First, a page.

The insect-like walkers were referred to as "cockroaches".
In the early 70s, at the Institute of Applied mathematics (IPM) of the Russian Academy of Sciences in Moscow, a six-legged walking machine controlled on a base of a mathematical model of motion control was developed. The machine motion and the terrain were rendered on a display. Motion control algorithms were developed for a walking machine on rugged terrain in both automated and operator control modes. The problems of control were also considered for a dynamic model of a statically stable walking machine (Okhotsimski & Platonov, 1973, 1976).
See video simulation here – "Taking an Ant for a Walk".
In this small video compilation there is a few seconds of the simulation under joystick control.
The first six-legged machine was equipped with a laser scanning range finder and is connected with a two-computer system. The walker could move around isolated obstacles which were detected remotely by a scanning distance-measuring system, and could climb over obstacles (see Fig. 2.9).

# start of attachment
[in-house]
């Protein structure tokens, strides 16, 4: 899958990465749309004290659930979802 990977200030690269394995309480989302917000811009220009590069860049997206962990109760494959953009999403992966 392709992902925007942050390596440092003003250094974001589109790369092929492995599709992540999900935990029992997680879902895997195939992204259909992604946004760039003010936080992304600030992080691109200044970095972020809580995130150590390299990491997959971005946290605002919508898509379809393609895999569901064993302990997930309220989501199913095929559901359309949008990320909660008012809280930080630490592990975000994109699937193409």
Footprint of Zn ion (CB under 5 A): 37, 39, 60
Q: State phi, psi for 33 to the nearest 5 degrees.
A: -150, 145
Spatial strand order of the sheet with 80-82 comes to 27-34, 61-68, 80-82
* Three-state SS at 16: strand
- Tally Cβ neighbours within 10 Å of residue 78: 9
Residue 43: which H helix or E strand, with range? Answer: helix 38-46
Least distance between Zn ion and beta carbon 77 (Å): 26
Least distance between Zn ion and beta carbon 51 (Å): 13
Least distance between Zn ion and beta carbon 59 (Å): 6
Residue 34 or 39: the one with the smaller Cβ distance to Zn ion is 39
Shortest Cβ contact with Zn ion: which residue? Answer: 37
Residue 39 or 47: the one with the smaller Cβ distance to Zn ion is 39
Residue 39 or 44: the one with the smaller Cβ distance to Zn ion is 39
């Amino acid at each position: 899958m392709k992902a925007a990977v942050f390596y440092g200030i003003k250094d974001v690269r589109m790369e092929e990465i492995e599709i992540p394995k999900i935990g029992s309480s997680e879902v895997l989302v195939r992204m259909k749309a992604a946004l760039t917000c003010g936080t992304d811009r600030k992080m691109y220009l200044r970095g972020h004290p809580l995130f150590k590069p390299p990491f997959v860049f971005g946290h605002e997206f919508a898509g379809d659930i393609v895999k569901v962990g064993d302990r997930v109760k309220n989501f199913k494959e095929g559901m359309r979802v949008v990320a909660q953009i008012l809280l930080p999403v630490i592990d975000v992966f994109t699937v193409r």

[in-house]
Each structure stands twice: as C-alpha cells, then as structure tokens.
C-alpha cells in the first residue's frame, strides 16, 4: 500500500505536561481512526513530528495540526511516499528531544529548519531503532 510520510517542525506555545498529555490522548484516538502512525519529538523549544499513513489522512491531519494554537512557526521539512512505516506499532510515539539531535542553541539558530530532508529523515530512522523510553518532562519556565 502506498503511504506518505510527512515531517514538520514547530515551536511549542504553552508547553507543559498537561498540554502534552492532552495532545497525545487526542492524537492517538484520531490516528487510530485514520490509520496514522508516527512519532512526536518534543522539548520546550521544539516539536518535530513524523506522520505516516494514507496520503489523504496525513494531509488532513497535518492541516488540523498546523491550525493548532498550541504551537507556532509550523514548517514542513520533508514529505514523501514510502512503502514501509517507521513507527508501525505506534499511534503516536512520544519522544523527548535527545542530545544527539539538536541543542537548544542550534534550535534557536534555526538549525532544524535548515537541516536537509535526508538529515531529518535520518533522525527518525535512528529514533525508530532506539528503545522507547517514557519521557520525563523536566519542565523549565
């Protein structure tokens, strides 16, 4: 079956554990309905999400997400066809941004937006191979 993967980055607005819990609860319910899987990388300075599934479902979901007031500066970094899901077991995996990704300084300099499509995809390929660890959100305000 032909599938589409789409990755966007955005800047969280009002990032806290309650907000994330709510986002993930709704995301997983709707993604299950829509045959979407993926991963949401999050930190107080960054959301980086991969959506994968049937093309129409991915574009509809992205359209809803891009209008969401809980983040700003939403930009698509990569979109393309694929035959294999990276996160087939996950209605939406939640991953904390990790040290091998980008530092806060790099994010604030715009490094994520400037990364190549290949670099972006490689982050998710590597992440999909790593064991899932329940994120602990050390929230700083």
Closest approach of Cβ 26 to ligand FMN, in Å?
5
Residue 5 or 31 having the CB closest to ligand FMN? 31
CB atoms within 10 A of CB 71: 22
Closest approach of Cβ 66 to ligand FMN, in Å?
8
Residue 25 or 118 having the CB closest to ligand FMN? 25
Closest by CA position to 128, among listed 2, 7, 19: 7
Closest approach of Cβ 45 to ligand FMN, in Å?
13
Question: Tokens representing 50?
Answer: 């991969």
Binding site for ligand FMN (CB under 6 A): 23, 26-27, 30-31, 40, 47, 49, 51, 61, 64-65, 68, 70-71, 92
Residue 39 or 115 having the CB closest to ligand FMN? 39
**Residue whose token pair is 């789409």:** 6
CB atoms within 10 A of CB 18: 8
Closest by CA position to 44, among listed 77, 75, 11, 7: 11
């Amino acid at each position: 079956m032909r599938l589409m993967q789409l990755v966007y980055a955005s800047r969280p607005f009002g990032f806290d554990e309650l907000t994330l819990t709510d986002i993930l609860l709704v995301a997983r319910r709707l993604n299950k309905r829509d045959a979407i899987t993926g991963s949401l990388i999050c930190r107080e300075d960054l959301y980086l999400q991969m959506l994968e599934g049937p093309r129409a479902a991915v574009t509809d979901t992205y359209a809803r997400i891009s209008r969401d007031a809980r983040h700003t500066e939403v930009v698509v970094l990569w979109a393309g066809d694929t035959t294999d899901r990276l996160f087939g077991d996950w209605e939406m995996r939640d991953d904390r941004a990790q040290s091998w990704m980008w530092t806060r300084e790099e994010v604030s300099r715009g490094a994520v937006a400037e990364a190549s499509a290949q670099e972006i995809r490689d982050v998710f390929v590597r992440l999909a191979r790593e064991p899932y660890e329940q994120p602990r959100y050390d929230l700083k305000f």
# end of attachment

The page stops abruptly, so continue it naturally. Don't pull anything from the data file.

The parameters of the machine are the follows: body length 0,6 m, body width 0,25 m, weight 56 kg, length of leg 0,4 m, velocity 0,2 m/s (Okhotsimski & Platonov, 1976; Okhotsimski et al., 1978).
Okhotsimski, D. & Platonov, A.(1973). Control algorithm of the walking climbing over obstacles. In Proc. of the Third Intern. Joint Conference on Artificial Intelligence. Stanford, California.
Okhotsimski, D. & Platonov, A.(1976). Walker’s motion control. In Proc. of CISM-IFToMM Symp. “ROMANSY-76”. Warsaw, Poland.
Okhotsimski, D., Platonov, A., Gerken-Gubanov, G., Kuznetzov, V., Devjanin, E., Lensky, A., Gurfinkel, E. & Schneider, A.(1978). Integration walking robot
simulation and modeling. In 7th Congress IFAC,, , vol. 2, pp. 917–924. Helsinki: Pergamon Press.
Okhotsimsky, D. & Golubev, Y.(1984). Motion mechanics and control of motion an automated walking vehicle, p. 312. Moscow, (in Russian): Publishing House “Nauka”.
Okhotsimsky, D., Platonov, A., Kiril’chenko, A., Lapshin, V. & Tolstousova, V.(1992). Walking machines. Advances in Mechanics. Keldysh Institute of Applied Mathematics, Moscow 15 (1–2), 39–70.
Okhotsimsky is on the right.
There was a 'family' of these walking machines. See also "Masha" and another of Gurfinkel's walking machine here (not yet posted).